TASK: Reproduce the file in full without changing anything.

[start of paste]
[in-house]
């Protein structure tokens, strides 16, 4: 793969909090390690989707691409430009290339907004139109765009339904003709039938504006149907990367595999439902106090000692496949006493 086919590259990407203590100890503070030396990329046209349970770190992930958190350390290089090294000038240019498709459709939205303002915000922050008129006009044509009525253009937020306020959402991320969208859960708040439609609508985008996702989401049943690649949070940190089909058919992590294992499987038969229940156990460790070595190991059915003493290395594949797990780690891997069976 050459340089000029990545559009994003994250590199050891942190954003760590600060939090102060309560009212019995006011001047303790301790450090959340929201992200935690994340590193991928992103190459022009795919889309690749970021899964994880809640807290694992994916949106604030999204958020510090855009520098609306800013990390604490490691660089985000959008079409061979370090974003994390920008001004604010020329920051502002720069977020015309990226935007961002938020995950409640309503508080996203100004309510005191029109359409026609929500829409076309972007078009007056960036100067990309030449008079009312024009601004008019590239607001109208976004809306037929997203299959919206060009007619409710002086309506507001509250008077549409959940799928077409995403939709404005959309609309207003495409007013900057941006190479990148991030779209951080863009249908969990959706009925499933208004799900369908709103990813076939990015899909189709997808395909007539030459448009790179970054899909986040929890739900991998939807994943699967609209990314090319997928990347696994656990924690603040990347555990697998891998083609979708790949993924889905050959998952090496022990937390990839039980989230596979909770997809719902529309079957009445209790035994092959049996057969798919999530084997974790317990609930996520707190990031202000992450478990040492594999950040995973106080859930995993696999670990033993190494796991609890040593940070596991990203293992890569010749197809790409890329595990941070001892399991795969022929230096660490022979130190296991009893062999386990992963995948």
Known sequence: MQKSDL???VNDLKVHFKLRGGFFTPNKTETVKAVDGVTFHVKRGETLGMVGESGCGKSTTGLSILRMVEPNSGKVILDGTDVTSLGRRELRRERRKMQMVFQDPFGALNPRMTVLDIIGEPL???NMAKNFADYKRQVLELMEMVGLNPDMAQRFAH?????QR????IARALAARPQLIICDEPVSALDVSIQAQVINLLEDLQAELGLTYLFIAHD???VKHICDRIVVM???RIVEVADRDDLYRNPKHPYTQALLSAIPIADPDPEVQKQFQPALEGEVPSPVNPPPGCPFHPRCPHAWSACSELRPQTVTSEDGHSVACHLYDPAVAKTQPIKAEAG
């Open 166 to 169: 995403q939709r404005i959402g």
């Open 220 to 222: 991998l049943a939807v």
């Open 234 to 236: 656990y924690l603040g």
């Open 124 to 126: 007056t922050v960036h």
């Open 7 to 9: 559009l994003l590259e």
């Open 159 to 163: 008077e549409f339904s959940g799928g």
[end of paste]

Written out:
[in-house]
């Protein structure tokens, strides 16, 4: 793969909090390690989707691409430009290339907004139109765009339904003709039938504006149907990367595999439902106090000692496949006493 086919590259990407203590100890503070030396990329046209349970770190992930958190350390290089090294000038240019498709459709939205303002915000922050008129006009044509009525253009937020306020959402991320969208859960708040439609609508985008996702989401049943690649949070940190089909058919992590294992499987038969229940156990460790070595190991059915003493290395594949797990780690891997069976 050459340089000029990545559009994003994250590199050891942190954003760590600060939090102060309560009212019995006011001047303790301790450090959340929201992200935690994340590193991928992103190459022009795919889309690749970021899964994880809640807290694992994916949106604030999204958020510090855009520098609306800013990390604490490691660089985000959008079409061979370090974003994390920008001004604010020329920051502002720069977020015309990226935007961002938020995950409640309503508080996203100004309510005191029109359409026609929500829409076309972007078009007056960036100067990309030449008079009312024009601004008019590239607001109208976004809306037929997203299959919206060009007619409710002086309506507001509250008077549409959940799928077409995403939709404005959309609309207003495409007013900057941006190479990148991030779209951080863009249908969990959706009925499933208004799900369908709103990813076939990015899909189709997808395909007539030459448009790179970054899909986040929890739900991998939807994943699967609209990314090319997928990347696994656990924690603040990347555990697998891998083609979708790949993924889905050959998952090496022990937390990839039980989230596979909770997809719902529309079957009445209790035994092959049996057969798919999530084997974790317990609930996520707190990031202000992450478990040492594999950040995973106080859930995993696999670990033993190494796991609890040593940070596991990203293992890569010749197809790409890329595990941070001892399991795969022929230096660490022979130190296991009893062999386990992963995948």
Known sequence: MQKSDL???VNDLKVHFKLRGGFFTPNKTETVKAVDGVTFHVKRGETLGMVGESGCGKSTTGLSILRMVEPNSGKVILDGTDVTSLGRRELRRERRKMQMVFQDPFGALNPRMTVLDIIGEPL???NMAKNFADYKRQVLELMEMVGLNPDMAQRFAH?????QR????IARALAARPQLIICDEPVSALDVSIQAQVINLLEDLQAELGLTYLFIAHD???VKHICDRIVVM???RIVEVADRDDLYRNPKHPYTQALLSAIPIADPDPEVQKQFQPALEGEVPSPVNPPPGCPFHPRCPHAWSACSELRPQTVTSEDGHSVACHLYDPAVAKTQPIKAEAG
């Open 166 to 169: 995403q939709r404005i959402g």
């Open 220 to 222: 991998l049943a939807v």
């Open 234 to 236: 656990y924690l603040g």
């Open 124 to 126: 007056t922050v960036h």
């Open 7 to 9: 559009l994003l590259e």
């Open 159 to 163: 008077e549409f339904s959940g799928g």